Text Tech: Can Navy Vessels Use Shipboard Signal Lamps for Text Messaging?
ARLINGTON, Va. — The signal lamp aboard the guided-missile destroyer USS Stout flashed fast light bursts to the USS Monterey, located pierside 250 feet away. Aboard the Monterey, a guided-missile cruiser, its own signal lamp used a mounted GoPro camera to receive the incoming Morse code—which then was converted into text appearing on an accompanying handheld device.
Peering at the device connected to the Monterey’s signal lamp, Scott Lowery chuckled as one word popped up on the screen: “random.”
“I asked them to text me something random, so they signaled the word ‘random,’” said Lowery, an engineer at Naval Surface Warfare Center (NSWC) Panama City, Fla. “Simple, but it shows the system is working.”
Lowery recently was at Naval Station Norfolk, Va., conducting a demonstration of the Flashing Light to Text Converter (FLTC)—a ship-to-ship communication system that he’s helped develop to enable U.S. Navy vessels to use their signal lamps to text message each other.
Sponsored by the Office of Naval Research’s (ONR) TechSolutions program, FLTC features a camera that can be mounted atop a signal lamp and hone in on Morse code bursts from another lamp within view, and a hand-held device or laptop computer connected to this camera to display text messages sent and received.
Linking the commercially available camera and device is a proprietary converter that uses specialized software algorithms to process incoming light flashes into high-frequency signals—and then convert those into text messages. To reply to a text, a Sailor can use the device to type a response that is sent back as a Morse code message via specially powered LED lights that flash automatically.
Since World War II, the process for sending messages using signal lamps has barely changed. It requires someone trained in Morse code to operate the lamp’s shutter by hand, and involves a lot of time receiving, decoding, and replying to messages. Using FLTC, Sailors can quickly and easily type and send messages—with fewer mistakes—even if they don’t know Morse code.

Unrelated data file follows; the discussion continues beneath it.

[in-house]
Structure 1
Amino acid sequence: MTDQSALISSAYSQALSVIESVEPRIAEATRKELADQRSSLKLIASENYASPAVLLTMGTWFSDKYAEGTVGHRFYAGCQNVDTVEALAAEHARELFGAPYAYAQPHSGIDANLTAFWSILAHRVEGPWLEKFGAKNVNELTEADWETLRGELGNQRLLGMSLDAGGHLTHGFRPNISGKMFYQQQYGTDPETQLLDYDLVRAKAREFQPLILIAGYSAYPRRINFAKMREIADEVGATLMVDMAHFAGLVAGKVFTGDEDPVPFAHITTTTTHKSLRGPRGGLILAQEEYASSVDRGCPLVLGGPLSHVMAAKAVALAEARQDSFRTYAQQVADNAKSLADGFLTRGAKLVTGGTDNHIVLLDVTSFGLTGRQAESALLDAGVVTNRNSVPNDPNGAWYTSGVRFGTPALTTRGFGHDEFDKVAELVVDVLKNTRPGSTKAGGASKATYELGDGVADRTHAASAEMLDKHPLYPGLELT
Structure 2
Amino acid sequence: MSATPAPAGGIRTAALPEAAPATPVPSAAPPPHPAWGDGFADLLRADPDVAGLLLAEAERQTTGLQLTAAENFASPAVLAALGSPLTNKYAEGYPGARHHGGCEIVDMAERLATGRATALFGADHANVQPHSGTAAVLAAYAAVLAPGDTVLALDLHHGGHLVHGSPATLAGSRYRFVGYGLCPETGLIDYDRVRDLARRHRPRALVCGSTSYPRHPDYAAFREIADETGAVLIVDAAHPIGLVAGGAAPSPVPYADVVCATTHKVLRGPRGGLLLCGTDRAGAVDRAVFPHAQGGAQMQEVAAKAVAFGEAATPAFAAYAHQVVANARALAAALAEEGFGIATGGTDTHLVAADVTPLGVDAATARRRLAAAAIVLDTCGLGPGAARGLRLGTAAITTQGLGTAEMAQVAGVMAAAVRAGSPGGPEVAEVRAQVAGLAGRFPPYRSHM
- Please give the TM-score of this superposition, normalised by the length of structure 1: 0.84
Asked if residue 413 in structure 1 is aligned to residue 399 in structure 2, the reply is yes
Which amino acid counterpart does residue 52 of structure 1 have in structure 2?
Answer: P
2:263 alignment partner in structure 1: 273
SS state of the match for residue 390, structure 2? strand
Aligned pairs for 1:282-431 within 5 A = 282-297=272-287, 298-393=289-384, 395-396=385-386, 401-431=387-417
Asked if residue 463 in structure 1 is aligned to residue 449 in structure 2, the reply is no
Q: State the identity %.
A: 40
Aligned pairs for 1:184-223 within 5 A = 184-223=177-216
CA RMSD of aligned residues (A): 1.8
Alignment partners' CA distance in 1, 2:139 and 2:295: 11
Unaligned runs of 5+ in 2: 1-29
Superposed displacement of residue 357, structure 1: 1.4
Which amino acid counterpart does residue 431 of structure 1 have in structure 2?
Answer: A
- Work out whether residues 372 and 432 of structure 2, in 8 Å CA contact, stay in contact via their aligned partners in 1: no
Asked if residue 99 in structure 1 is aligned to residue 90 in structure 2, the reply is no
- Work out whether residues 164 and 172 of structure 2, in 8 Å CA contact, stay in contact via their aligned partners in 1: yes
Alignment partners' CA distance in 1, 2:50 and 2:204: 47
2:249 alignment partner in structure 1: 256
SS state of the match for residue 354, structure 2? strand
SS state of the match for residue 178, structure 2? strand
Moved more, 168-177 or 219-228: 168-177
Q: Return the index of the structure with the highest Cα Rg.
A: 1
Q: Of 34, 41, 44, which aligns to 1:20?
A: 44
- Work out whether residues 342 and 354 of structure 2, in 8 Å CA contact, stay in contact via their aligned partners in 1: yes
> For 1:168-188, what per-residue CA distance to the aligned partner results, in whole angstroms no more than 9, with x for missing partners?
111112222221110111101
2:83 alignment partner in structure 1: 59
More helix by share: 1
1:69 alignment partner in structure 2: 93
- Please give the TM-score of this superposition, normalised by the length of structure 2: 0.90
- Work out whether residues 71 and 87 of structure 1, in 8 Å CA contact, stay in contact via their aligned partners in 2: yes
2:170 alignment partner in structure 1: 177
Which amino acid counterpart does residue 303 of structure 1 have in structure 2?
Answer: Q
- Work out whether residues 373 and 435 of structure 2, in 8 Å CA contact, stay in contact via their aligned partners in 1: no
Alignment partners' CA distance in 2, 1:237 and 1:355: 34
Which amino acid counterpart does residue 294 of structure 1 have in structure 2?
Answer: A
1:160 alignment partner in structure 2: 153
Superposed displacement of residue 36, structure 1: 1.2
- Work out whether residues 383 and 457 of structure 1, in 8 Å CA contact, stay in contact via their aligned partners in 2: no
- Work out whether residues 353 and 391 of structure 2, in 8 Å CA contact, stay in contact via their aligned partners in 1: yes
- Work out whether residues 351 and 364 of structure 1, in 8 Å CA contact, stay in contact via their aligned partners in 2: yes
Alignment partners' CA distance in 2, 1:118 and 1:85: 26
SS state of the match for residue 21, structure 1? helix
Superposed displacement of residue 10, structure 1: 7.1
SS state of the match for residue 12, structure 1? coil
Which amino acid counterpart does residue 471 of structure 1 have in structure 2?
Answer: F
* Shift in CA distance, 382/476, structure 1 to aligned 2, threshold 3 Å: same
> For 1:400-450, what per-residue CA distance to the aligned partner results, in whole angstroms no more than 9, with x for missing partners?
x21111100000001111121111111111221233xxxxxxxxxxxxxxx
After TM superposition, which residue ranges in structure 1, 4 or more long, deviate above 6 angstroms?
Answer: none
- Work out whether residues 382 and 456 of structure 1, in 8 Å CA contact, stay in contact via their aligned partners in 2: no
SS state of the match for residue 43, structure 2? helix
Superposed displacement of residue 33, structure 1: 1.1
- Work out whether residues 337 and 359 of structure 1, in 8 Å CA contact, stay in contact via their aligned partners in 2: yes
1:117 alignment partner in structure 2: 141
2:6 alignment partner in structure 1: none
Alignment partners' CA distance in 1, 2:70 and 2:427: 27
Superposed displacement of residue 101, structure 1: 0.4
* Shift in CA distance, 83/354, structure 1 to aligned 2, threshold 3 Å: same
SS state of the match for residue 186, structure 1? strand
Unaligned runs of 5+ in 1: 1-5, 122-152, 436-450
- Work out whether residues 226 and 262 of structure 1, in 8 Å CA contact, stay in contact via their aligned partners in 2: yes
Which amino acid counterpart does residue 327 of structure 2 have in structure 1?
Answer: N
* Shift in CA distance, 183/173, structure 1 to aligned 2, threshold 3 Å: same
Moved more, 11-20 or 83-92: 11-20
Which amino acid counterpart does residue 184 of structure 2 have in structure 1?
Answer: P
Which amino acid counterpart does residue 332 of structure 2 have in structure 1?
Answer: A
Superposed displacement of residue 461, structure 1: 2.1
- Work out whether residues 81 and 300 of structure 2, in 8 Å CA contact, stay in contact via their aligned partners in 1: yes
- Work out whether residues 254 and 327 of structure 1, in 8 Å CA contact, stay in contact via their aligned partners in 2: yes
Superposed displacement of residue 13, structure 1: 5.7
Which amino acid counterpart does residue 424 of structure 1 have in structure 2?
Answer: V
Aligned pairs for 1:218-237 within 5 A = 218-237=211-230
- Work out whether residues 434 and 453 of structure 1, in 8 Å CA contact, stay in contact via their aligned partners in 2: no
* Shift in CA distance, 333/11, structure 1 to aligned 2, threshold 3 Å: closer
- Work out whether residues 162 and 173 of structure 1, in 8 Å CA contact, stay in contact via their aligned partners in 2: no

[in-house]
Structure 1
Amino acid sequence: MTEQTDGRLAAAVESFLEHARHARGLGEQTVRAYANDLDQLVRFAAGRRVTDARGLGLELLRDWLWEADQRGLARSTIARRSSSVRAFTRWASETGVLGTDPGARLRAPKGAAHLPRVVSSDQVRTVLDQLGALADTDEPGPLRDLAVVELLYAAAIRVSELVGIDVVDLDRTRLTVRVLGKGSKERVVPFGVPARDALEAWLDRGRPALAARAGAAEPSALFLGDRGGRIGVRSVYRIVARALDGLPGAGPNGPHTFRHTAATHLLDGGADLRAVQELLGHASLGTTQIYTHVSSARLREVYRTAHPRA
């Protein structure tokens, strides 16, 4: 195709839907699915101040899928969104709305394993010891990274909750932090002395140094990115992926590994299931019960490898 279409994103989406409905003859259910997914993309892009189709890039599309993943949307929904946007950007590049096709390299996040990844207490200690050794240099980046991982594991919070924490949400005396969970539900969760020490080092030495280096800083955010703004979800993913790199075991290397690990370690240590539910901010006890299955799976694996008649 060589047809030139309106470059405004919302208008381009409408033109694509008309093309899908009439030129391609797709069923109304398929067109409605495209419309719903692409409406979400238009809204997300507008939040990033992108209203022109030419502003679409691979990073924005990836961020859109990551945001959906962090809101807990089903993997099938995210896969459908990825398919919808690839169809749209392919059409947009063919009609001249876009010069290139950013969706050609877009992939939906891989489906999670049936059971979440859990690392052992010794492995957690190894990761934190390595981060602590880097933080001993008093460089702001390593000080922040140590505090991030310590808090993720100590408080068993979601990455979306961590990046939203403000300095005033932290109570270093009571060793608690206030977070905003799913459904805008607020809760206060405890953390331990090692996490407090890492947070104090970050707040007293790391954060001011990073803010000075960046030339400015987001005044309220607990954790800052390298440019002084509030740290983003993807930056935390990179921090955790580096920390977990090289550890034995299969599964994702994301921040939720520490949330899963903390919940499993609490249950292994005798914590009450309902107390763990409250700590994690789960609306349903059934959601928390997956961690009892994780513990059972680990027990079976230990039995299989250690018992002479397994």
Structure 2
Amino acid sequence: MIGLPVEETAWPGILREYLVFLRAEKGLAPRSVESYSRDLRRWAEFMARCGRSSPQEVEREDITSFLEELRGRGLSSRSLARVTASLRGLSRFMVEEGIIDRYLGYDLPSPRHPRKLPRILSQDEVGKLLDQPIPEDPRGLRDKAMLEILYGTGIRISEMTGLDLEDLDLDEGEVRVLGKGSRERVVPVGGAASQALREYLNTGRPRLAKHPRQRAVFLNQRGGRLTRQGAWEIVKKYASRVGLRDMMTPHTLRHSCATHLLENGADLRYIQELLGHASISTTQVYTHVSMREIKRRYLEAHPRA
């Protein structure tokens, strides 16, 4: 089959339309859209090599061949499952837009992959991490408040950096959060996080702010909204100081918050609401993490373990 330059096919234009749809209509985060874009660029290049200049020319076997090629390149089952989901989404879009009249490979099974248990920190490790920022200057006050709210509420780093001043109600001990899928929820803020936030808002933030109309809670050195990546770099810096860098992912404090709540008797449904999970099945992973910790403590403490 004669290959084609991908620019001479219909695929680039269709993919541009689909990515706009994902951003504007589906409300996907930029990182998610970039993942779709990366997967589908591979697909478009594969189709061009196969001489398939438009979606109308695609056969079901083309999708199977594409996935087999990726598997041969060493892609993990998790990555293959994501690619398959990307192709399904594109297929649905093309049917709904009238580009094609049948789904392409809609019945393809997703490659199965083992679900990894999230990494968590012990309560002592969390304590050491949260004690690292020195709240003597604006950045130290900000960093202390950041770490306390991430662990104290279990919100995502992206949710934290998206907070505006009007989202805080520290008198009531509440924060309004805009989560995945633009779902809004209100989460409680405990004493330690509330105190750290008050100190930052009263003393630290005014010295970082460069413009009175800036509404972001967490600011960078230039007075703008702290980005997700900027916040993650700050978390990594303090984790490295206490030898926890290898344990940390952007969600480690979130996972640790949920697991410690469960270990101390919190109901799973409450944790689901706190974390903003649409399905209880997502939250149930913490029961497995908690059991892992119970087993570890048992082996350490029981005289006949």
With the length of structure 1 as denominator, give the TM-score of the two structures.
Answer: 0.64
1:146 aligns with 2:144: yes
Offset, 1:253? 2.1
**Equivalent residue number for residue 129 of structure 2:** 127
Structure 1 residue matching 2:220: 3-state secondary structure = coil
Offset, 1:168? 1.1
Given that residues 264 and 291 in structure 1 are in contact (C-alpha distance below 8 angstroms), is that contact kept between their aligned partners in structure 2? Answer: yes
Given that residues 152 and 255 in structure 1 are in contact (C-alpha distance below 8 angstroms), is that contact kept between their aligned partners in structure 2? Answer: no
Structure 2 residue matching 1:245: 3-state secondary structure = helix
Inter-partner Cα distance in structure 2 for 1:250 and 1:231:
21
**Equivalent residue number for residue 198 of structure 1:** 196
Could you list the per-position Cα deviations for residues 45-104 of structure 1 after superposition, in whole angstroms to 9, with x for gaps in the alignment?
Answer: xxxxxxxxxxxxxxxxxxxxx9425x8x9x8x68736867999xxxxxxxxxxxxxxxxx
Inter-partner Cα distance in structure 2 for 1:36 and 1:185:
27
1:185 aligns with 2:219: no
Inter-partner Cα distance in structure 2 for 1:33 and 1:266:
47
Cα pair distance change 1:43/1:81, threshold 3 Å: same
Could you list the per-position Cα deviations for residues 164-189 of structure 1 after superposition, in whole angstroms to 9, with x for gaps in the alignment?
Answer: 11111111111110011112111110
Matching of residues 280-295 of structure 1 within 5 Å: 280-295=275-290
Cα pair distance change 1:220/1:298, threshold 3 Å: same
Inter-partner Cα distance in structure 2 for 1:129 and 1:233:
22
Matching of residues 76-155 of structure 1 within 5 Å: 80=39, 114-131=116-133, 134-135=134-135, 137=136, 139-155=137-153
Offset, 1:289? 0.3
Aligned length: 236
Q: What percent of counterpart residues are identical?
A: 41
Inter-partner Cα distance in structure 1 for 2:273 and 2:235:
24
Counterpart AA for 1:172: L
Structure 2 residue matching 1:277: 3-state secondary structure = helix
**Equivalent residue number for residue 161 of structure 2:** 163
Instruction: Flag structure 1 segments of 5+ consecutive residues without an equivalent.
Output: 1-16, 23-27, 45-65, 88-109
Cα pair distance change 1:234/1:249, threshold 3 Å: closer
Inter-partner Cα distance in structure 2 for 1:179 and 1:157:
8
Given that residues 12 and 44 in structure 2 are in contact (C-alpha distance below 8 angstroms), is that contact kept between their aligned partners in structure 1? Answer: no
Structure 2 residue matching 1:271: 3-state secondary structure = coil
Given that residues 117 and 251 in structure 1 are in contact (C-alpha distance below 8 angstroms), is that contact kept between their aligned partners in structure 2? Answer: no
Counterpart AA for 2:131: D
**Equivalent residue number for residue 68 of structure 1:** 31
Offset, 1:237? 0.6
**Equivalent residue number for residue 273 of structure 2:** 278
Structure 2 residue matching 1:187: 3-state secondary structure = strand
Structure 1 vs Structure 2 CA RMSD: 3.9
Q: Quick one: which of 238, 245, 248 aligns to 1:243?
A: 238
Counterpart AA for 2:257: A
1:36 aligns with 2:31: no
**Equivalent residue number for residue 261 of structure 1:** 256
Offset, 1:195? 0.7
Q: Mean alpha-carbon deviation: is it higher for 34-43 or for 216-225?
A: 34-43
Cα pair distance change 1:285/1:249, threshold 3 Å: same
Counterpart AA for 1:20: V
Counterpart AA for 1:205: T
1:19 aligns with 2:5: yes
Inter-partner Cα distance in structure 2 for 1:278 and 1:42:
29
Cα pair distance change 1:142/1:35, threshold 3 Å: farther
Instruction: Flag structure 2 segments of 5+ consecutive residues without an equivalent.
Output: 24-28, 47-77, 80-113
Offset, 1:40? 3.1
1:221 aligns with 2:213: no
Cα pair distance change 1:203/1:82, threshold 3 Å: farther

“The best part of this flashing light converter is how easy it is for Sailors to use,” Lowery said. “It’s very intuitive because it mirrors the messaging systems used on iPhones. You just type your message and send it with the push of a button.”
FLTC also would be useful in certain “communications-denied” scenarios at sea where satellite communication is risky or unavailable, said ONR Command Master Chief Matt Matteson.
“FLTC could be extremely valuable if a ship’s main communications go down or if it needs to maintain a low electronic signature to avoid detection by an adversary,” he said.
FLTC originated in 2015, when the Naval Surface and Mine Warfighting Development Center (SMWDC) in San Diego sent a request to ONR’s TechSolutions program for a text-messaging interface for signaling between ships. TechSolutions is ONR’s rapid-response science and technology program that develops prototype technologies to address problems voiced by Sailors and Marines, usually within 12-18 months.
To provide a solution to SMWDC, TechSolutions selected and funded NSWC Panama City and a commercial company — Creative MicroSystems Corp. — to develop the components of FLTC.
“In the future, we envision a standard retrofit kit that could be placed on all existing signal lamps,” Lowery said.
Later this year, TechSolutions will deliver prototype FLTCs to SMWDC for further testing and evaluation. Lowery and his team hope to see the system issued throughout the fleet next year.